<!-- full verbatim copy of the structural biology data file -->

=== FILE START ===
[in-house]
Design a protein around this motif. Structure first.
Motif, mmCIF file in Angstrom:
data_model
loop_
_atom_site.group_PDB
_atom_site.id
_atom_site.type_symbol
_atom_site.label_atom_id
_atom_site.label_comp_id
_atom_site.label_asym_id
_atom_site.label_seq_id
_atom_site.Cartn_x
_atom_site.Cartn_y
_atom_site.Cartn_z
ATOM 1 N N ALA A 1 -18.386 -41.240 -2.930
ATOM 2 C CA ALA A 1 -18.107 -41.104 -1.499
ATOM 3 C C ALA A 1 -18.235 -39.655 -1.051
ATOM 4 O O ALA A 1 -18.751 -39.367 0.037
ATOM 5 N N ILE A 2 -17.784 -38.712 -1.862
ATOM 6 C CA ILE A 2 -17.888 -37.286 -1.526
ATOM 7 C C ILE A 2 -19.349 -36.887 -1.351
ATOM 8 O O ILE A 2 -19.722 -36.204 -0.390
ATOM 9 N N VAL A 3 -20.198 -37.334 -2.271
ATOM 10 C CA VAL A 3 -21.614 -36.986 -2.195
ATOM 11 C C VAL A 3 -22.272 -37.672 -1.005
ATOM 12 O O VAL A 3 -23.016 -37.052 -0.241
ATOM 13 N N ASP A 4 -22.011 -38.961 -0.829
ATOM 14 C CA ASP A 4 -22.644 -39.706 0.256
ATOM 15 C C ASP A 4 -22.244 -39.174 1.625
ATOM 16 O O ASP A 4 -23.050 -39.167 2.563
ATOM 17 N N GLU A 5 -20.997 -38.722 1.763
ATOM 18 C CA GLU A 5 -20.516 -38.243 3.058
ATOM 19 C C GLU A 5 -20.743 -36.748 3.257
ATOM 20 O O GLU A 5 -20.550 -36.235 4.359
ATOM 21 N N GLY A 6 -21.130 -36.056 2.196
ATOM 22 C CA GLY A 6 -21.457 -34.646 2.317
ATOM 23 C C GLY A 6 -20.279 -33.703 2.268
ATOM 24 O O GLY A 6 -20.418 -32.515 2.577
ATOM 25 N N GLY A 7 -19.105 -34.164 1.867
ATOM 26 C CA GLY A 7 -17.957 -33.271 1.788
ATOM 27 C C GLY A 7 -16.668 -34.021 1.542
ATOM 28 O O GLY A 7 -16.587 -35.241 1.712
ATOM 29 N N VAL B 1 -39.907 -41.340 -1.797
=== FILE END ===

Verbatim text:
[in-house]
Design a protein around this motif. Structure first.
Motif, mmCIF file in Angstrom:
data_model
loop_
_atom_site.group_PDB
_atom_site.id
_atom_site.type_symbol
_atom_site.label_atom_id
_atom_site.label_comp_id
_atom_site.label_asym_id
_atom_site.label_seq_id
_atom_site.Cartn_x
_atom_site.Cartn_y
_atom_site.Cartn_z
ATOM 1 N N ALA A 1 -18.386 -41.240 -2.930
ATOM 2 C CA ALA A 1 -18.107 -41.104 -1.499
ATOM 3 C C ALA A 1 -18.235 -39.655 -1.051
ATOM 4 O O ALA A 1 -18.751 -39.367 0.037
ATOM 5 N N ILE A 2 -17.784 -38.712 -1.862
ATOM 6 C CA ILE A 2 -17.888 -37.286 -1.526
ATOM 7 C C ILE A 2 -19.349 -36.887 -1.351
ATOM 8 O O ILE A 2 -19.722 -36.204 -0.390
ATOM 9 N N VAL A 3 -20.198 -37.334 -2.271
ATOM 10 C CA VAL A 3 -21.614 -36.986 -2.195
ATOM 11 C C VAL A 3 -22.272 -37.672 -1.005
ATOM 12 O O VAL A 3 -23.016 -37.052 -0.241
ATOM 13 N N ASP A 4 -22.011 -38.961 -0.829
ATOM 14 C CA ASP A 4 -22.644 -39.706 0.256
ATOM 15 C C ASP A 4 -22.244 -39.174 1.625
ATOM 16 O O ASP A 4 -23.050 -39.167 2.563
ATOM 17 N N GLU A 5 -20.997 -38.722 1.763
ATOM 18 C CA GLU A 5 -20.516 -38.243 3.058
ATOM 19 C C GLU A 5 -20.743 -36.748 3.257
ATOM 20 O O GLU A 5 -20.550 -36.235 4.359
ATOM 21 N N GLY A 6 -21.130 -36.056 2.196
ATOM 22 C CA GLY A 6 -21.457 -34.646 2.317
ATOM 23 C C GLY A 6 -20.279 -33.703 2.268
ATOM 24 O O GLY A 6 -20.418 -32.515 2.577
ATOM 25 N N GLY A 7 -19.105 -34.164 1.867
ATOM 26 C CA GLY A 7 -17.957 -33.271 1.788
ATOM 27 C C GLY A 7 -16.668 -34.021 1.542
ATOM 28 O O GLY A 7 -16.587 -35.241 1.712
ATOM 29 N N VAL B 1 -39.907 -41.340 -1.797